In my last newsletter I spoke of the National Association of Agricultural Economics Administrators (NAAEA) meeting in Washington, DC organized by the Council on Food and Agricultural, and Resource Economics (C-FARE). I applaud the leadership of NAAEA and C-FARE for the opportunity to participate and see the engagement of that meeting. My sense is our story was told well and we gained useful information for our academic departments.
Shortly after the NAAEA Meeting, long term C-FARE Executive Director and AAEA Government Relations Director Caron Gala accepted a position with the Association of Public and Land-Grant Universities. Caron has been a tireless advocate for our profession during difficult times and we wish her the best in her new role. The Board is developing a plan to move forward in 2020.
As an ERS employee years ago, I became aware of the Office of Chief Economist’s USDA Ag Outlook Forum. This Year’s event will take place February 20-21. This is an event that offers cutting edge topics and great opportunities for faculty and students to engage with government and industry economists. I encourage you to check it out. For more information see https://www.usda.gov/oce/forum/.
Finally, some of the AAEA leadership visited with USDA ERS Acting Administrator Marca Weinberg recently about how the profession can help resupply the agency with staff. In particular, the agency needs mid-level and higher managers. I offered to share some bullets regarding management opportunities at ERS. Space will not allow for all the information Marca shared, but here are some key points for your consideration.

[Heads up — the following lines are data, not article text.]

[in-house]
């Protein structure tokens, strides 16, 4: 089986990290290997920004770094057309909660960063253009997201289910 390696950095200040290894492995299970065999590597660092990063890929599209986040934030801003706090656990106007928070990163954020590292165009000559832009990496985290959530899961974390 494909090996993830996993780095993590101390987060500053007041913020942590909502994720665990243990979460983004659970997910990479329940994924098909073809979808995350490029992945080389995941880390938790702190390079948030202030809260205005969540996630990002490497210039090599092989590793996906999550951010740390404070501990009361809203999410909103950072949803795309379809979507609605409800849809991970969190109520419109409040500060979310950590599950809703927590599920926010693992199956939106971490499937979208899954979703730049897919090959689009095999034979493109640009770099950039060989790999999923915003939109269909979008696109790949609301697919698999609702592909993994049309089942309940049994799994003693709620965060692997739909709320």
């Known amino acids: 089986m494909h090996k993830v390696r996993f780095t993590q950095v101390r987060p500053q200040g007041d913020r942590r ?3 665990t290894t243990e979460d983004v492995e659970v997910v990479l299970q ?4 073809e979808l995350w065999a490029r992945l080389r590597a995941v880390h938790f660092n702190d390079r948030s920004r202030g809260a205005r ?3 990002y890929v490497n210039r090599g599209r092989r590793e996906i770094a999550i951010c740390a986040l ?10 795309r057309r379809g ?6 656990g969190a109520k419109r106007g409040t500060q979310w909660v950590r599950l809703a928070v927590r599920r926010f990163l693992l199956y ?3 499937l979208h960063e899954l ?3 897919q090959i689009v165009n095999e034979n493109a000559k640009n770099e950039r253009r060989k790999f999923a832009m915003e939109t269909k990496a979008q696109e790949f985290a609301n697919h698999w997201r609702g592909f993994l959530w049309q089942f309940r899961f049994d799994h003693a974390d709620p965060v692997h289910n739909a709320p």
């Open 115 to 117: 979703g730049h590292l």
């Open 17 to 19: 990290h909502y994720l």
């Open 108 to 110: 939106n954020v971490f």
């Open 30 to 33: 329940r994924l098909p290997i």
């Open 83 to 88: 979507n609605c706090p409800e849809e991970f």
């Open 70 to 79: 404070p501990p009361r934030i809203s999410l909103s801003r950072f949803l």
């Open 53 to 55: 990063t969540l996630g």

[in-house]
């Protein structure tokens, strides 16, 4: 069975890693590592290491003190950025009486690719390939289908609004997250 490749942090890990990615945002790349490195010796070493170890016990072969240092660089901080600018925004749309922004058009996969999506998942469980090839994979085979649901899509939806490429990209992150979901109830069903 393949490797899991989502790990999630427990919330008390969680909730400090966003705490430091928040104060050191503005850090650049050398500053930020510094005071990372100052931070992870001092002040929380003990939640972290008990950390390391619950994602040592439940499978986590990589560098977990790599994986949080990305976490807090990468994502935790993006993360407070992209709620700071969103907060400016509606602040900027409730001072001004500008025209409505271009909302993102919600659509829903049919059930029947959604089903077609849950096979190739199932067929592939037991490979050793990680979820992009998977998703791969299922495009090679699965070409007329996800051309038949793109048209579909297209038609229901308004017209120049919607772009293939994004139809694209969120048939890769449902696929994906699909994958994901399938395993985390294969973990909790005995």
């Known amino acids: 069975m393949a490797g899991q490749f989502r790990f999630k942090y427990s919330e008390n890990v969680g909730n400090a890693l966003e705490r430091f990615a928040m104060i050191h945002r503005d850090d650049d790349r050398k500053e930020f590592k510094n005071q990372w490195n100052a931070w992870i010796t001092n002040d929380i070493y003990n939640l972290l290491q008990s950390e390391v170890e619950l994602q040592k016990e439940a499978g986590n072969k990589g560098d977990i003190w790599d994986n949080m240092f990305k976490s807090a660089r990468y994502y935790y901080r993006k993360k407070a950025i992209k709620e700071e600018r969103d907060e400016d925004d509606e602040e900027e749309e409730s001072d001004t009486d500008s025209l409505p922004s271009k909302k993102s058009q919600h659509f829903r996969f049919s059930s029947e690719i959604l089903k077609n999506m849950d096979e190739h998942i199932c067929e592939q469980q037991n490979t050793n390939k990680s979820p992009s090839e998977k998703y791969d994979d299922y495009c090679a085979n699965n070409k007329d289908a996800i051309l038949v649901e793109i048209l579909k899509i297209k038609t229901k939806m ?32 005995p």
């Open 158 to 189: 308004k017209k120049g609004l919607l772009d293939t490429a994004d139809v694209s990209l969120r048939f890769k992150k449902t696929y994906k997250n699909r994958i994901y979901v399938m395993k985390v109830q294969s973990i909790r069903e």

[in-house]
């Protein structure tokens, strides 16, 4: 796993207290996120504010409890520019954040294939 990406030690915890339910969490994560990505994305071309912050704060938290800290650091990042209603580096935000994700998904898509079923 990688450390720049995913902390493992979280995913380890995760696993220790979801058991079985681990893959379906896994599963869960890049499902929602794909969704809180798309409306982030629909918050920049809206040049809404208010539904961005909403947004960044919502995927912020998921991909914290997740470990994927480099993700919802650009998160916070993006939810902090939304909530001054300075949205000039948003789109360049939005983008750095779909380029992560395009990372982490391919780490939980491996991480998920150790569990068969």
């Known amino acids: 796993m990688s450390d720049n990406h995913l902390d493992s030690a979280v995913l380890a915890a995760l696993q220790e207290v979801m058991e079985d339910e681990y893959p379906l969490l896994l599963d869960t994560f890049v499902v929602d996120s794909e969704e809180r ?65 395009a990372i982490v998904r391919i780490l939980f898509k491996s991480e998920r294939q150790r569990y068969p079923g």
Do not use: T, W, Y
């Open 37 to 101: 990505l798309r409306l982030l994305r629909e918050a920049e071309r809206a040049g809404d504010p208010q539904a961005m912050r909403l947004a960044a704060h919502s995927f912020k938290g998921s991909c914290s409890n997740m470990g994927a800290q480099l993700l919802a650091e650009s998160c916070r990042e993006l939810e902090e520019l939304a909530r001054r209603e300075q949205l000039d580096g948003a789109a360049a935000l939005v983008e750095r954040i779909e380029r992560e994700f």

The mission of USDA's Economic Research Service is to anticipate trends and emerging issues in agriculture, food, the environment, and rural development; and to conduct high-quality, objective, economic research to inform and enhance public and private decision making.
ERS positions hold particular appeal for mid to late-career professionals. These managerial positions offer the opportunity to provide intellectual leadership that is deep and broad. Experienced researchers bring the hard-won insights of an expert, gained through conducting their own research across several years.
People in high-level ERS positions have a rare opportunity: the opportunity to regularly engage with decision makers and to use those insights to shape a high quality research program. ERS mid-level positions also have an impact on a personal level. They support younger researchers at ERS who benefit from the guidance of seasoned veterans.
Federal life and health insurance benefits and flexible spending account options often exceed those offered by states and private industry. Flexible schedules and teleworking opportunities allow you to maintain a work-life balance. You also get 401(k)-like retirement benefits that will transfer throughout your career.
Visit the ERS Careers page to learn more and see current vacancies.
See you in San Diego at the ASSA Annual Meeting!